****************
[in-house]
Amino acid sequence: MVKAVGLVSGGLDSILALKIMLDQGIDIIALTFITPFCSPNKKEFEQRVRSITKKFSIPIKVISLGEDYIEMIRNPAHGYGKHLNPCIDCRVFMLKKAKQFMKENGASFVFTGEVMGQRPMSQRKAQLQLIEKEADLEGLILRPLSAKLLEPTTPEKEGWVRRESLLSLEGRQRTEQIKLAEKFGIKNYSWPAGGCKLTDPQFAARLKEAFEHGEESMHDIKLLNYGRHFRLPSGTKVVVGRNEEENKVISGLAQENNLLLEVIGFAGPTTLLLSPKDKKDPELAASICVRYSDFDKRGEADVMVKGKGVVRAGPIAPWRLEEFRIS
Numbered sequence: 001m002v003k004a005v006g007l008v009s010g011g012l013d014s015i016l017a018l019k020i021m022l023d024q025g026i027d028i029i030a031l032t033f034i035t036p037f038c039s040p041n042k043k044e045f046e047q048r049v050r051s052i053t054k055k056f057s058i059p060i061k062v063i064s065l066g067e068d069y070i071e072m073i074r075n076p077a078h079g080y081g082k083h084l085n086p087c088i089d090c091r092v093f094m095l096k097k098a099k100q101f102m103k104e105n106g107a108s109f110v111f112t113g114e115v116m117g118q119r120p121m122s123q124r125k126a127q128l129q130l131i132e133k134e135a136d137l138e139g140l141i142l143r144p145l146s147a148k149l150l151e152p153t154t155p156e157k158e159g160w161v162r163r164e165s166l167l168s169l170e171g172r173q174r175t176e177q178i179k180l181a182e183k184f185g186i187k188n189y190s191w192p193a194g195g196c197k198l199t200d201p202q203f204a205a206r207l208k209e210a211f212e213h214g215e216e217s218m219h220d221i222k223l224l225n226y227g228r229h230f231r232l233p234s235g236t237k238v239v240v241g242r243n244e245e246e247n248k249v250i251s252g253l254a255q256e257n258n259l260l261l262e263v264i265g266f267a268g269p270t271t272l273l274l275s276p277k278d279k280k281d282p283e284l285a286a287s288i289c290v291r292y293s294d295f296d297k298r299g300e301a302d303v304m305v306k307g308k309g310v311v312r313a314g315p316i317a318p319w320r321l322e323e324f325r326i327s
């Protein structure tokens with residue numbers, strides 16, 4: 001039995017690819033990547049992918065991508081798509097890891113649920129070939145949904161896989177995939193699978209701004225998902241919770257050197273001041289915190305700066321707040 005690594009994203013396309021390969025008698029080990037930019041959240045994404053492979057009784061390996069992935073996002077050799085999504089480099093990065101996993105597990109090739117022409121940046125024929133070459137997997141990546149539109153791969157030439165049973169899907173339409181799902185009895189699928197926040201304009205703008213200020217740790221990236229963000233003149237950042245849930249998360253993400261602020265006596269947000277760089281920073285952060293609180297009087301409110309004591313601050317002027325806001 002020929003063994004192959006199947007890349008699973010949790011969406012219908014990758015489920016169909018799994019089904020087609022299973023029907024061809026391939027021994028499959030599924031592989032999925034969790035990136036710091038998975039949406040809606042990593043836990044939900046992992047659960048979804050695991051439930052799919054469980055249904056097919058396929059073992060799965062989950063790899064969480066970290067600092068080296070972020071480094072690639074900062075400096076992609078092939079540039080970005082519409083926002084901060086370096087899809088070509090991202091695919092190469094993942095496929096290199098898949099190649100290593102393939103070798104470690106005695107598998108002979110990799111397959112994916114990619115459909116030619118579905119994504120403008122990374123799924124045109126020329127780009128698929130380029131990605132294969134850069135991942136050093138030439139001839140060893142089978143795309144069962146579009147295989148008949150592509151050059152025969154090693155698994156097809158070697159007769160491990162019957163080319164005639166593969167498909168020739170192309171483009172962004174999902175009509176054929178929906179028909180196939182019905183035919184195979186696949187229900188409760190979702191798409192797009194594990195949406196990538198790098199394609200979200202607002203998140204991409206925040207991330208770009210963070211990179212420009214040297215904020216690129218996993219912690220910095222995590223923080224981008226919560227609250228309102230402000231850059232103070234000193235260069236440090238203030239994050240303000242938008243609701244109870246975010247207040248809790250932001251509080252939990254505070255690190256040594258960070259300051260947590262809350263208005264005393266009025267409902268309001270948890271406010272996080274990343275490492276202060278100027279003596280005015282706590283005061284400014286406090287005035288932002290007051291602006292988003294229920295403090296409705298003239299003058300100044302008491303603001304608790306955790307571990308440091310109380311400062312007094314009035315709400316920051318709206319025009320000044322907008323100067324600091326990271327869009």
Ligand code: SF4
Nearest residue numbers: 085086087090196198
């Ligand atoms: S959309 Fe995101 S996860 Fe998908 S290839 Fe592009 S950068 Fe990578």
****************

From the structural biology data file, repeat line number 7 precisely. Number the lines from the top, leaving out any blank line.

């Ligand atoms: S959309 Fe995101 S996860 Fe998908 S290839 Fe592009 S950068 Fe990578």